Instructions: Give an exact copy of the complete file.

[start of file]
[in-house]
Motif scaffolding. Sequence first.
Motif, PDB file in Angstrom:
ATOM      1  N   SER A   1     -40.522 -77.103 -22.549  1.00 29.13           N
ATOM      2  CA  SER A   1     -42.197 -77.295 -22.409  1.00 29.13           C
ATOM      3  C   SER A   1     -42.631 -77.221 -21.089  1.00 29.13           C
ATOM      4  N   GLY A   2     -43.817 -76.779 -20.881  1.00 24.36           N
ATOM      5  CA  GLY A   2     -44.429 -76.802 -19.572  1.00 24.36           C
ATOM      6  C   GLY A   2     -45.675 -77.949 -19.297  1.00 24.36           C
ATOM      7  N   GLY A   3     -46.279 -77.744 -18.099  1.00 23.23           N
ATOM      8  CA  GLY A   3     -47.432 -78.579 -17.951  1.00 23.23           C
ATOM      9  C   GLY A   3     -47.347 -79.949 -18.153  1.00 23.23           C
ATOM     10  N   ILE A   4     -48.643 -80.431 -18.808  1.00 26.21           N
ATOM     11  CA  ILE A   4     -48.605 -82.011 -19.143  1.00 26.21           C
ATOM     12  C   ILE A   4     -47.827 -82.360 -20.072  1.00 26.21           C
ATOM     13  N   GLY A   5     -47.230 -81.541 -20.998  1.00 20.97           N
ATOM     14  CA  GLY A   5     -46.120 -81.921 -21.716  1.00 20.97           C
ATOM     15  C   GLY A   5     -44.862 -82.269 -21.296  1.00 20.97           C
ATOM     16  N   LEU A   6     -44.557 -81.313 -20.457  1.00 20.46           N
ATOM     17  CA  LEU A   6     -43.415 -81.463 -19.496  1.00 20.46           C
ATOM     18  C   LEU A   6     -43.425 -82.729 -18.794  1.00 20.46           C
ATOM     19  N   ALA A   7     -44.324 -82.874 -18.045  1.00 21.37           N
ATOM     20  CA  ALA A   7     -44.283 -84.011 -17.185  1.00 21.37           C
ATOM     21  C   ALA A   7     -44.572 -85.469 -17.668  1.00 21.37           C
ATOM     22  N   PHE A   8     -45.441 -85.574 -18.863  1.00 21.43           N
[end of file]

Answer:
[in-house]
Motif scaffolding. Sequence first.
Motif, PDB file in Angstrom:
ATOM      1  N   SER A   1     -40.522 -77.103 -22.549  1.00 29.13           N
ATOM      2  CA  SER A   1     -42.197 -77.295 -22.409  1.00 29.13           C
ATOM      3  C   SER A   1     -42.631 -77.221 -21.089  1.00 29.13           C
ATOM      4  N   GLY A   2     -43.817 -76.779 -20.881  1.00 24.36           N
ATOM      5  CA  GLY A   2     -44.429 -76.802 -19.572  1.00 24.36           C
ATOM      6  C   GLY A   2     -45.675 -77.949 -19.297  1.00 24.36           C
ATOM      7  N   GLY A   3     -46.279 -77.744 -18.099  1.00 23.23           N
ATOM      8  CA  GLY A   3     -47.432 -78.579 -17.951  1.00 23.23           C
ATOM      9  C   GLY A   3     -47.347 -79.949 -18.153  1.00 23.23           C
ATOM     10  N   ILE A   4     -48.643 -80.431 -18.808  1.00 26.21           N
ATOM     11  CA  ILE A   4     -48.605 -82.011 -19.143  1.00 26.21           C
ATOM     12  C   ILE A   4     -47.827 -82.360 -20.072  1.00 26.21           C
ATOM     13  N   GLY A   5     -47.230 -81.541 -20.998  1.00 20.97           N
ATOM     14  CA  GLY A   5     -46.120 -81.921 -21.716  1.00 20.97           C
ATOM     15  C   GLY A   5     -44.862 -82.269 -21.296  1.00 20.97           C
ATOM     16  N   LEU A   6     -44.557 -81.313 -20.457  1.00 20.46           N
ATOM     17  CA  LEU A   6     -43.415 -81.463 -19.496  1.00 20.46           C
ATOM     18  C   LEU A   6     -43.425 -82.729 -18.794  1.00 20.46           C
ATOM     19  N   ALA A   7     -44.324 -82.874 -18.045  1.00 21.37           N
ATOM     20  CA  ALA A   7     -44.283 -84.011 -17.185  1.00 21.37           C
ATOM     21  C   ALA A   7     -44.572 -85.469 -17.668  1.00 21.37           C
ATOM     22  N   PHE A   8     -45.441 -85.574 -18.863  1.00 21.43           N